Access to Healthcare is a Right for Everyone

Aya Aghabi
May 4, 2018
Many people in Jordan take it for granted how easy it is for them to reach a doctor, clinic, healthcare provider or hospital when they need it. Every year, we have thousands of doctors graduating from universities across the country so the issue is not lack of availability of care. The issue is being able to reach this care in terms of accessibility. After obtaining my spinal cord injury and leaving the hospital, reaching a doctor became one of the biggest challenges of my life. Every time I needed medical attention, I had to find a doctor based on the accessibility of their clinic or if they can come see me at my house instead of picking a doctor based on their experience or reputation. Many times, my mom has to go see doctors on my behalf and explain to them my medical need without them seeing me in person because their clinics aren’t accessible. Sometimes, we would make an appointment at a doctor’s clinic only to get there and find out I couldn’t enter the building the clinic is in.
A few years ago, I spilled boiling coffee on me and burned the entire side of my abdomen. I needed to see a doctor urgently because the burns were very bad. Immediately, my mom called a very reputable doctor in Jordan, who knows my family and my situation, and specializes in plastic surgery and burns and made an appointment to see him. She asked the secretary specifically if the clinic was accessible and the secretary informed her that it was.  She also told her that I was badly burned and the secretary told her that I will be given a priority appointment to see the doctor. I was lucky enough to have gone to this appointment with my mom, aunt and sister because as soon as we arrived we found out that the building entrance had 8-10 steps in front of it. My mom, aunt and sister had to carry me all the way up the stairs because we already got there and it was critical for me to see this doctor. Once I reached the clinic, we found out the doctor was not there and needed an hour or so to get back. After 30 minutes of waiting, the secretary present asked us why we’re here and my mom told her that I am burned. Then she casually replies that the doctor stopped treating burn patients a while ago and he won’t accept to see me. We couldn’t believe it because we know this doctor personally and he knows my situation, plus my mom already explained it over the phone when she made the appointment. My aunt decided to call the doctor to convince him to treat me and he refused. So after 1 hour of struggling to reach the clinic and waiting to see the doctor, I had to leave and find another doctor who was willing to come to my house and treat me because we couldn’t find any doctor with an accessible clinic. This is one of many, many experiences of me not being able to get to a doctor and receive the medical attention I needed like any other person because of my physical disability.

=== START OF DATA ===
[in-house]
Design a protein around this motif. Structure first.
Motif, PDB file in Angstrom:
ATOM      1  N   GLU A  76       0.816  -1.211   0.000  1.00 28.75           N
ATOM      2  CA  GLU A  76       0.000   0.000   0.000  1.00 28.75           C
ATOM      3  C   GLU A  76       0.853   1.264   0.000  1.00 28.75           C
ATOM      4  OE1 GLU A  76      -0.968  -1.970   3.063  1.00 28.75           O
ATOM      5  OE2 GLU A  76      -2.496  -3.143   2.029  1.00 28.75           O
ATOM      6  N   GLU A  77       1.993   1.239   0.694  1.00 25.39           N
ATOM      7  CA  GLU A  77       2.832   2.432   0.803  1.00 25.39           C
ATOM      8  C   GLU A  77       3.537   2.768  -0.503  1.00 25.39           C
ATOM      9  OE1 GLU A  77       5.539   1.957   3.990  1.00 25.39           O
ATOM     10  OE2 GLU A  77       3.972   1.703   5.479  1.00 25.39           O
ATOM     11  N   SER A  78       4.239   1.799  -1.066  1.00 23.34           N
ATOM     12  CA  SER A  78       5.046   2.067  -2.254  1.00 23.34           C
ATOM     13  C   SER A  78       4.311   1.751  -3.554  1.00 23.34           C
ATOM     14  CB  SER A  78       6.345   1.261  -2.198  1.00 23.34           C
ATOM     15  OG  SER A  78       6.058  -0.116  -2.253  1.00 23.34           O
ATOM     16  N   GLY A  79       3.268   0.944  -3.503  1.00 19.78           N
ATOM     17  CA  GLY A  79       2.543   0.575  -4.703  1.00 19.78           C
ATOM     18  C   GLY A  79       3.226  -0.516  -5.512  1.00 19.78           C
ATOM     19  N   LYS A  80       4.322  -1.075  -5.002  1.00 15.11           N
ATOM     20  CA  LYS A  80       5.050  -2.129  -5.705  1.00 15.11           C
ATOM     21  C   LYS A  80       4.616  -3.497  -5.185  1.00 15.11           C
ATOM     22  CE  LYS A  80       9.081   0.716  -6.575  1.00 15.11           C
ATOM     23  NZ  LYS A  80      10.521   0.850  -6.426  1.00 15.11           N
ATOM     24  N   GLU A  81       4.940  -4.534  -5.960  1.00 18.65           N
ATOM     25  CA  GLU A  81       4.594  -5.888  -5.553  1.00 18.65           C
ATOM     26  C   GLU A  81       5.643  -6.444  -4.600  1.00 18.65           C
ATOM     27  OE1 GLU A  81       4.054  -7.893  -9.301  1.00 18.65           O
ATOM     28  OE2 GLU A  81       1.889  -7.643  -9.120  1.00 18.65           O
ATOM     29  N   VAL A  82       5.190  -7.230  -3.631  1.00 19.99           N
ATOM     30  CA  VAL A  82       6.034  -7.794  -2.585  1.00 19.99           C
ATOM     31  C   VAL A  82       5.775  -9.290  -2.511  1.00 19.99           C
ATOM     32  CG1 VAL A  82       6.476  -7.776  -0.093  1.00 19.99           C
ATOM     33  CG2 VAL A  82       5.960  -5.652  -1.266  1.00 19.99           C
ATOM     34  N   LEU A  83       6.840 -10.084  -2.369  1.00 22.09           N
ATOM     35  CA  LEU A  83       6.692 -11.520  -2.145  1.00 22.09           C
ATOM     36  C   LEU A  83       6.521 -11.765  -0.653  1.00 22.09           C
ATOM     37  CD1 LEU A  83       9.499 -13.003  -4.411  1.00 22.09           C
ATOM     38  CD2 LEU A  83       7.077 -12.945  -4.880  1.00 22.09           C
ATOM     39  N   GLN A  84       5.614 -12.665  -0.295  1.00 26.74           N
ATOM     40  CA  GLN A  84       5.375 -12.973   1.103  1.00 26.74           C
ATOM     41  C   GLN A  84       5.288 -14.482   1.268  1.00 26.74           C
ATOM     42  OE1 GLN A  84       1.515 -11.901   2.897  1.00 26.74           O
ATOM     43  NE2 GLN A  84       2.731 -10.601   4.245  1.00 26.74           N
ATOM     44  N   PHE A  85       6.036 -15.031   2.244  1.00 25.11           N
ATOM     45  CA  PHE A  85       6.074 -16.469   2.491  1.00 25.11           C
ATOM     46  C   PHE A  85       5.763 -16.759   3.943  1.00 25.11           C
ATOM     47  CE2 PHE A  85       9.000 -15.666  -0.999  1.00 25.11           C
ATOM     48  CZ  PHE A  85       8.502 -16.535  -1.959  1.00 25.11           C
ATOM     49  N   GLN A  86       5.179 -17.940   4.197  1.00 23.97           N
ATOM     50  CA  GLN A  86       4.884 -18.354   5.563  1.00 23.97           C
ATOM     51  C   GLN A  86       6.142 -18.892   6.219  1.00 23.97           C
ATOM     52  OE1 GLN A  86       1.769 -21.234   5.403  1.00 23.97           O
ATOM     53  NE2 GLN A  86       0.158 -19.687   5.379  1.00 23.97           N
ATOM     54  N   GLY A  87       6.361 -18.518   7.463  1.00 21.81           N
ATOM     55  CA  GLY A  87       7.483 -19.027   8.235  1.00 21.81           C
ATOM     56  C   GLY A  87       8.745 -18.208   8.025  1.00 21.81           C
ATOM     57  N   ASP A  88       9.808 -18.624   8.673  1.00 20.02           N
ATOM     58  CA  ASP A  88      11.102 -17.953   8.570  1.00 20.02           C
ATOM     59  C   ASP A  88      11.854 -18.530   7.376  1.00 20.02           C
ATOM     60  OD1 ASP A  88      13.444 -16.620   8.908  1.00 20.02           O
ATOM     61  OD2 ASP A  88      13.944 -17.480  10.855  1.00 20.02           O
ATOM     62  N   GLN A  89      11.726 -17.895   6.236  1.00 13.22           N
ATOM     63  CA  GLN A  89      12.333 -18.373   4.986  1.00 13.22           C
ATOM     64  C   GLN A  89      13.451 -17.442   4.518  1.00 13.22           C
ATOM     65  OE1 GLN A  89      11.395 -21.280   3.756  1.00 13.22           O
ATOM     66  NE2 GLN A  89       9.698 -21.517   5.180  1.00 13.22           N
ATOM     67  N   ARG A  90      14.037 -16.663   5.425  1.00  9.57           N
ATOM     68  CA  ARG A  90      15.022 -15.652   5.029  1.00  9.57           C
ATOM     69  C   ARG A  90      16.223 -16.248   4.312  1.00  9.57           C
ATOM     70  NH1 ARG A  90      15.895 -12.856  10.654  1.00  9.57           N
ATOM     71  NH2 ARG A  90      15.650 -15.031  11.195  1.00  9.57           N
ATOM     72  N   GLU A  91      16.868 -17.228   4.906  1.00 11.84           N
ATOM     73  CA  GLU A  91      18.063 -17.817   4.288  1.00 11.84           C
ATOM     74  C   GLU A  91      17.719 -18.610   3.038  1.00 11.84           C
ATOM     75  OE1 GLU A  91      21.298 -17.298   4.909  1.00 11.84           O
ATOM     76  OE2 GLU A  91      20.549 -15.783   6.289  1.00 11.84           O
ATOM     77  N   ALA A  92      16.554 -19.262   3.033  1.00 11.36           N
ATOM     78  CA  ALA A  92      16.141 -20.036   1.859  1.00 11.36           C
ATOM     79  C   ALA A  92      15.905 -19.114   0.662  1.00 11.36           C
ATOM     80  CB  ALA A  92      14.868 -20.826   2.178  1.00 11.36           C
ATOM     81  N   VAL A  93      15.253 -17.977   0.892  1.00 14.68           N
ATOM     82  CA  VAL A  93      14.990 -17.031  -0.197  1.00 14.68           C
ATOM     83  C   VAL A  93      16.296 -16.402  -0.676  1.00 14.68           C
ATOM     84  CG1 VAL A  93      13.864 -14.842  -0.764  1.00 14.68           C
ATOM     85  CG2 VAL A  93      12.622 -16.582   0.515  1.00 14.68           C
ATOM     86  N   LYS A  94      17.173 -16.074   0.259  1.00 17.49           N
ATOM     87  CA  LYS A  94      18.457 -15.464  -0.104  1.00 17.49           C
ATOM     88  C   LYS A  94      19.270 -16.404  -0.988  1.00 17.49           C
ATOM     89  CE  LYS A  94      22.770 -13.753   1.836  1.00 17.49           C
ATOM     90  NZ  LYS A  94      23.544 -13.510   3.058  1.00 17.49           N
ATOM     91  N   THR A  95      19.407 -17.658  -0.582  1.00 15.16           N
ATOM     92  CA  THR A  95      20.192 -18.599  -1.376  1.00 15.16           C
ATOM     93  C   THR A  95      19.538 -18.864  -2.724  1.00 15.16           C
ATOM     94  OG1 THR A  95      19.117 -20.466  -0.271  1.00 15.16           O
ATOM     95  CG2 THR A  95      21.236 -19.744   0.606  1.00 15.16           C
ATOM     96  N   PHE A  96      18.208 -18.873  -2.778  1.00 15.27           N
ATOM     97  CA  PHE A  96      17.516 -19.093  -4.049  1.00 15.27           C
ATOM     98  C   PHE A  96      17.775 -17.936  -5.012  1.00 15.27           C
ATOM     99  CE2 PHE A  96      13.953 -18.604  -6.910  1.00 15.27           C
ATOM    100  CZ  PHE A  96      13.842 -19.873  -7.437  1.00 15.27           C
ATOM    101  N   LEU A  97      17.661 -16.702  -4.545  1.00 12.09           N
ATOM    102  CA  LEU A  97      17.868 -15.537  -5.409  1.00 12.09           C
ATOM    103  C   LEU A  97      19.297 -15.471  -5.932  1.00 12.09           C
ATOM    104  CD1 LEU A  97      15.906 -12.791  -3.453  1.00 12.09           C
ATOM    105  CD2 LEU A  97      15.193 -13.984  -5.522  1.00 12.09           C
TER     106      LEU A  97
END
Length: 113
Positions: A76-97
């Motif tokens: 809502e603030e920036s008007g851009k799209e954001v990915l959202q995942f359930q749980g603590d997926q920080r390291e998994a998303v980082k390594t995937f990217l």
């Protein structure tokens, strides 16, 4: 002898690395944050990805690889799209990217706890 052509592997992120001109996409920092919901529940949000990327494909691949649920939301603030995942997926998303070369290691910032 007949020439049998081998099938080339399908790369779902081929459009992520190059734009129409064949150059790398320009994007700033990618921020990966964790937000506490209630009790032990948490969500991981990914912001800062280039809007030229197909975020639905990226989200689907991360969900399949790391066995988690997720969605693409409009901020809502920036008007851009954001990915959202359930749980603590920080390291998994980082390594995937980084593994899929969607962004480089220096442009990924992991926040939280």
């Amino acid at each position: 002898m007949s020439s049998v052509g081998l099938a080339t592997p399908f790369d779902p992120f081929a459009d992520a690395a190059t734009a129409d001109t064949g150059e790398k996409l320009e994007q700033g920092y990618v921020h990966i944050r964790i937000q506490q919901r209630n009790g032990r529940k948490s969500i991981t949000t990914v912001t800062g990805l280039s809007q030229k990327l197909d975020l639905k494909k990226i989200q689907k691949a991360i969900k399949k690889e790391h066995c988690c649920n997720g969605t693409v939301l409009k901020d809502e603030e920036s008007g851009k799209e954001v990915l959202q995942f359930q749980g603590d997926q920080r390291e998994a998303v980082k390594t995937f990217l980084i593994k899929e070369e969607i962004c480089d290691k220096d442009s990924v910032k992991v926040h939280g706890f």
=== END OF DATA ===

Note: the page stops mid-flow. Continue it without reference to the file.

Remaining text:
Access to healthcare is a right and not a privilege. I should be able to go to any doctor I want without having to worry about stairs, if I will be allowed to park in the building’s underground parking just so I can access the building, street parking, or any other barriers that have simple solutions. Clinics should also be clear about their accessibility and the services they do provide so no one has to go through the trouble I went through and not be able to get the treatment needed. Accessibility also includes the ability to access medical equipment and services. For example, many times examination tables are too high and not height-adjustable so people with mobility impairment cannot easily transfer on to them. Also, women with mobility impairments are often unable to access breast and cervical cancer screening mammography equipment because they only accommodate women who are able to stand. All people with disabilities have the same healthcare needs as everyone else in society and equally require access to healthcare services as everyone else. All clinics, healthcare providers, equipment and hospitals need to be accessible for everyone.
The Higher Council on the Rights of People with Disabilities put together a great video demonstrating the struggles people with disabilities face on one of the most popular streets of Amman when it comes to clinics and healthcare providers, Al-Khalidi Street. Please watch it!


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